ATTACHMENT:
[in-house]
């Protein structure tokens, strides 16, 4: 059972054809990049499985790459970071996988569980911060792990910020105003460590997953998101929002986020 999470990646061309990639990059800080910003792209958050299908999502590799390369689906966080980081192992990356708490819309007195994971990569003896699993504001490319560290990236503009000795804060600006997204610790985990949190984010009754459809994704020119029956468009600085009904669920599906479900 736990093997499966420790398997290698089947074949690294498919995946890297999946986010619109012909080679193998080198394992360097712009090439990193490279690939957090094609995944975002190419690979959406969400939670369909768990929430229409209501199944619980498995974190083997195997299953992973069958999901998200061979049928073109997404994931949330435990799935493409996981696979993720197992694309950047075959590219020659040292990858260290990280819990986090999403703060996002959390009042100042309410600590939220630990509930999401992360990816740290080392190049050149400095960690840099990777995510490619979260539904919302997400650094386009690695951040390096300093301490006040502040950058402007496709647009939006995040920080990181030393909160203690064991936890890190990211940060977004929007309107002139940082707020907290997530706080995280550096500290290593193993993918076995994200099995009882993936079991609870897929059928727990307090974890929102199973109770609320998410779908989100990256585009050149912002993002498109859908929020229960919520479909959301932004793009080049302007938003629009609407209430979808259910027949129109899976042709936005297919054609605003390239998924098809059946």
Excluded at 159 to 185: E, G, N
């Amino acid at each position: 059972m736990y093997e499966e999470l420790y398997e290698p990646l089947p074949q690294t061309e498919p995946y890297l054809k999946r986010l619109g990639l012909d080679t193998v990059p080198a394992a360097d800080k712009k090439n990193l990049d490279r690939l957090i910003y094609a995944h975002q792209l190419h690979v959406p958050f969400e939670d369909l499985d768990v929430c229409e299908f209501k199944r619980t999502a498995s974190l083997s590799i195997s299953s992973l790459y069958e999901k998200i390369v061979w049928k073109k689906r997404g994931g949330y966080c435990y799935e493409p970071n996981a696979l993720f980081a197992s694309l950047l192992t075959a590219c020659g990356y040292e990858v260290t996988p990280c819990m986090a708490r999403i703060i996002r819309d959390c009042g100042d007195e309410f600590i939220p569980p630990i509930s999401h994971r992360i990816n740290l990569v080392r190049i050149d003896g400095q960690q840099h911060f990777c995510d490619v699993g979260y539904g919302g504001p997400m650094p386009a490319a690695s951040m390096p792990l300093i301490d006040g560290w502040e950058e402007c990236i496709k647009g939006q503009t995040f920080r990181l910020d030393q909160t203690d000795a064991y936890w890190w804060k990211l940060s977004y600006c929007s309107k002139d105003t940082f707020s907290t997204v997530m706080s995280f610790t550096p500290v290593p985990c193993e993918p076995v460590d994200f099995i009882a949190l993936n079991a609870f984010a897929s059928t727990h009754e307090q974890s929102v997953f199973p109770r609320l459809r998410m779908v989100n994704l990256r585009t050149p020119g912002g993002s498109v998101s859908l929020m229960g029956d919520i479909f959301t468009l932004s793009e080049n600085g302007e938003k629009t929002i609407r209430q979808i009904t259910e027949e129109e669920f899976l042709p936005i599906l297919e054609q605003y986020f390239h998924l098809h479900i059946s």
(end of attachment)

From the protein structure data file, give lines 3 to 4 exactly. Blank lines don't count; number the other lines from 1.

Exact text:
Excluded at 159 to 185: E, G, N
């Amino acid at each position: 059972m736990y093997e499966e999470l420790y398997e290698p990646l089947p074949q690294t061309e498919p995946y890297l054809k999946r986010l619109g990639l012909d080679t193998v990059p080198a394992a360097d800080k712009k090439n990193l990049d490279r690939l957090i910003y094609a995944h975002q792209l190419h690979v959406p958050f969400e939670d369909l499985d768990v929430c229409e299908f209501k199944r619980t999502a498995s974190l083997s590799i195997s299953s992973l790459y069958e999901k998200i390369v061979w049928k073109k689906r997404g994931g949330y966080c435990y799935e493409p970071n996981a696979l993720f980081a197992s694309l950047l192992t075959a590219c020659g990356y040292e990858v260290t996988p990280c819990m986090a708490r999403i703060i996002r819309d959390c009042g100042d007195e309410f600590i939220p569980p630990i509930s999401h994971r992360i990816n740290l990569v080392r190049i050149d003896g400095q960690q840099h911060f990777c995510d490619v699993g979260y539904g919302g504001p997400m650094p386009a490319a690695s951040m390096p792990l300093i301490d006040g560290w502040e950058e402007c990236i496709k647009g939006q503009t995040f920080r990181l910020d030393q909160t203690d000795a064991y936890w890190w804060k990211l940060s977004y600006c929007s309107k002139d105003t940082f707020s907290t997204v997530m706080s995280f610790t550096p500290v290593p985990c193993e993918p076995v460590d994200f099995i009882a949190l993936n079991a609870f984010a897929s059928t727990h009754e307090q974890s929102v997953f199973p109770r609320l459809r998410m779908v989100n994704l990256r585009t050149p020119g912002g993002s498109v998101s859908l929020m229960g029956d919520i479909f959301t468009l932004s793009e080049n600085g302007e938003k629009t929002i609407r209430q979808i009904t259910e027949e129109e669920f899976l042709p936005i599906l297919e054609q605003y986020f390239h998924l098809h479900i059946s």